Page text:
To be human is to dream. It doesn’t matter how tiny you are or how old you are, you can dream as big as you want. Our dreams make us happy; they give us energy and inspiration and are the source of our self-esteem.
But dreams don’t always come true. Life gets in the way, and no matter how hard we try, our goals can elude our grasp. For example, having taken the time to compare the best stock brokers (die besten Broker im Vergleich) and invested a fair sum in what was going to give a return we could only dream of, the company that everything was riding on may suddenly collapse and all the money would be gone. Or maybe someone along the way tells us that our Special Dream is silly or impossible. What happens then?
With purest intentions, we encourage children to reach for the stars, but we don’t spend as much time preparing them for what to do when their efforts fall short. It is almost as if we believe that talking about the possibility of failure can make them fail. As parents and mentors, we often ride with them on fairy wings, hoping against hope that they will get everything they wish for–maybe because we didn’t.
However, this pressure for our children to become the next astronauts and world leaders has very real consequences. Failure to meet parental expectations can lead children to believe that they themselves are failures. This can destroy their sense of self-worth and result in them making rash and dangerous decisions, even leading to drug use in some cases. While parents concerned that this may be the case in their children can use a website similar to https://www.health-street.net/location/chicago-il-drug-testing/ so that they can arrange a drug test for their child, an easier way to prevent this outcome may be to lessen the expectations the force on their children.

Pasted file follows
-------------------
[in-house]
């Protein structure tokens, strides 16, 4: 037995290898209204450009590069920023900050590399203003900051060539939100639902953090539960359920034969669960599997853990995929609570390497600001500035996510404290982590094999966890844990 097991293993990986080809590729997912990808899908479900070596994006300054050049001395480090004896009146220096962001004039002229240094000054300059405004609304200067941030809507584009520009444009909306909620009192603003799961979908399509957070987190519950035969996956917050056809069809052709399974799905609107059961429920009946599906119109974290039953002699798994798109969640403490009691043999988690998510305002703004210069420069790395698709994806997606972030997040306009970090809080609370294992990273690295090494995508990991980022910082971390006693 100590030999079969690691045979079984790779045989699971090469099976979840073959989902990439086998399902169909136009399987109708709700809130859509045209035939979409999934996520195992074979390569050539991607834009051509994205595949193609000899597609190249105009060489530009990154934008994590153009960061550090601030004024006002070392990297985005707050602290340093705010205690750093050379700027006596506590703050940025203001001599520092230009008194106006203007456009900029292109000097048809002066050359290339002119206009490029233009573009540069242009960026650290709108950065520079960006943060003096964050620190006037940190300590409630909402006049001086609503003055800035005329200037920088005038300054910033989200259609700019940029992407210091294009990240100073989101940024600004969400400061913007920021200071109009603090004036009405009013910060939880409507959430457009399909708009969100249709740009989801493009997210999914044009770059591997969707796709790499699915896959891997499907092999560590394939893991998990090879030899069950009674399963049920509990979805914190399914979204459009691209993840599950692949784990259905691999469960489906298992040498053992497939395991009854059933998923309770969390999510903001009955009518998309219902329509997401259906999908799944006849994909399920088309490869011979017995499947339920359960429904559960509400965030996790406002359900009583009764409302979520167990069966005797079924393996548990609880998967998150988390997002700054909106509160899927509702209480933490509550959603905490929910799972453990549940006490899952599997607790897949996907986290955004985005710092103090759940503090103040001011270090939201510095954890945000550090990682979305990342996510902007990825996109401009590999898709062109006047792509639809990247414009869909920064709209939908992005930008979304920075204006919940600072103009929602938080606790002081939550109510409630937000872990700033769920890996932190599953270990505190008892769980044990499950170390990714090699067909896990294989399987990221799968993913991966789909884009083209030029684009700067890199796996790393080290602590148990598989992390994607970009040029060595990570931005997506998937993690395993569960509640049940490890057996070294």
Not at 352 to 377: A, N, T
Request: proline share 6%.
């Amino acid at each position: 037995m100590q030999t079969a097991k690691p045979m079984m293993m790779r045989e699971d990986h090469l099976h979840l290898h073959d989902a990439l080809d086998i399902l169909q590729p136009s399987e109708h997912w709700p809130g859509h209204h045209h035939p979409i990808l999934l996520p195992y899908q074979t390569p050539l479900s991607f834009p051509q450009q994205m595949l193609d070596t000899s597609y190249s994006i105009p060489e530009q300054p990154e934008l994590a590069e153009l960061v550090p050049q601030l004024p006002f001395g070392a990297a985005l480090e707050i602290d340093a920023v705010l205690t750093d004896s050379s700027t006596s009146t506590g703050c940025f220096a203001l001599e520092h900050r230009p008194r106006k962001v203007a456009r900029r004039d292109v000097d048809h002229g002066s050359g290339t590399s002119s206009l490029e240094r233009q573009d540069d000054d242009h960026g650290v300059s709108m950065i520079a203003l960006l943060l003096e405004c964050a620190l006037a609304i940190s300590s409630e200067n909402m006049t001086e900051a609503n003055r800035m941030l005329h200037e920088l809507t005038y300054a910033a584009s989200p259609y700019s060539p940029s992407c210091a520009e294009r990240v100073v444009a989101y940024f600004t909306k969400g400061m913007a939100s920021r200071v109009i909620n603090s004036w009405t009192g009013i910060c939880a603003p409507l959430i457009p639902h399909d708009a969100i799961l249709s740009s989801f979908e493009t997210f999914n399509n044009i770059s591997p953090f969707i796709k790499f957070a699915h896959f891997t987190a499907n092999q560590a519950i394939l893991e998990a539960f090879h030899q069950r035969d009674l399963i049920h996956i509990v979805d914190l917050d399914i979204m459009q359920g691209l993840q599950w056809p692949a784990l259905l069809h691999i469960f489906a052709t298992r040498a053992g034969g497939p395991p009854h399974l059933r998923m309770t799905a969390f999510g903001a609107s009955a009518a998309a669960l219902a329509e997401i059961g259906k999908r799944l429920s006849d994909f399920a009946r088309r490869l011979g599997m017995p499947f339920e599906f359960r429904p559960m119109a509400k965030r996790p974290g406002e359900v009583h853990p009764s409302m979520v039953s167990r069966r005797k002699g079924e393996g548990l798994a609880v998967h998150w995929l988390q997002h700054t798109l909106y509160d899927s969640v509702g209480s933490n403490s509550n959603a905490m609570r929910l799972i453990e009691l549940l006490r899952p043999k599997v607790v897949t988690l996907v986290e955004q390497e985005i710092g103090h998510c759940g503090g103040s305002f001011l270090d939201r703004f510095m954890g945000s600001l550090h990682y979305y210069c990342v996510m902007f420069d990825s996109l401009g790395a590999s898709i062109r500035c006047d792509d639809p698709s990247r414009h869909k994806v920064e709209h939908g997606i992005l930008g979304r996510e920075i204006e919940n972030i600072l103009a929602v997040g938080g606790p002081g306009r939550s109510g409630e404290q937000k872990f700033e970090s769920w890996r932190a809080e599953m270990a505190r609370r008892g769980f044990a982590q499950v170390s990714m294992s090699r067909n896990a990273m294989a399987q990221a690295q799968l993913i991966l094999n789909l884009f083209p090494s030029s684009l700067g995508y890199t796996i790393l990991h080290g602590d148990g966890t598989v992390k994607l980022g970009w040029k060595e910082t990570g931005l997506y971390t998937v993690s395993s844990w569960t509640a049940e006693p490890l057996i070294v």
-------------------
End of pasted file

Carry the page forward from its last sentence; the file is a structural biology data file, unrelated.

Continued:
Add to that fantasy our culture’s expectations of beauty and success and the myth that good always wins, and you have a recipe for disappointment, depression, and low self esteem for the unprepared. Unfortunately, this impacts more people than we might think. A lot of us are unprepared, meaning that we can sometimes feel disappointed and depressed when life doesn’t seem to be going our way. To cope with this depression, some of us might decide to use some of the best CBD oil products, for example. Those products can help us to manage our mental health. Others like to go straight to the main product itself, marijuana, in states where it has been legalized, in order to benefit from its purported properties the aid in the relief of anxiety, depression, pain, and more. Those looking to give such products a go may want to think about their method of delivery. Novelty options, like a guitar shaped glass pipe, are popular right now.
We have a dream, too. Our dream is to help children to prepare by telling the story of Misho of the Mountain. Who is Misho? Misho is a tiny seed–one of many at the top of a tall, tall tree in a forest that stretches as far as the eye can see. Misho has Big Dreams, but her journey takes her someplace unexpected.
We hope you will follow us–Diana Diehl, the author, and Teri Rider, the illustrator–on our adventure to tell the story of Misho as she discovers that life can be harder than she expects and that the road to self-esteem is filled with detours. When the time is right and Misho is ready, we hope that you will share her story with the children in your life.
“Misho of the Mountain” is an illustrated early reader of children ages 5-9 and their families, teachers, and therapists–perfect for reading aloud. It is a book about dreams, nature, about beauty, and about self-esteem. To be published in January 2016.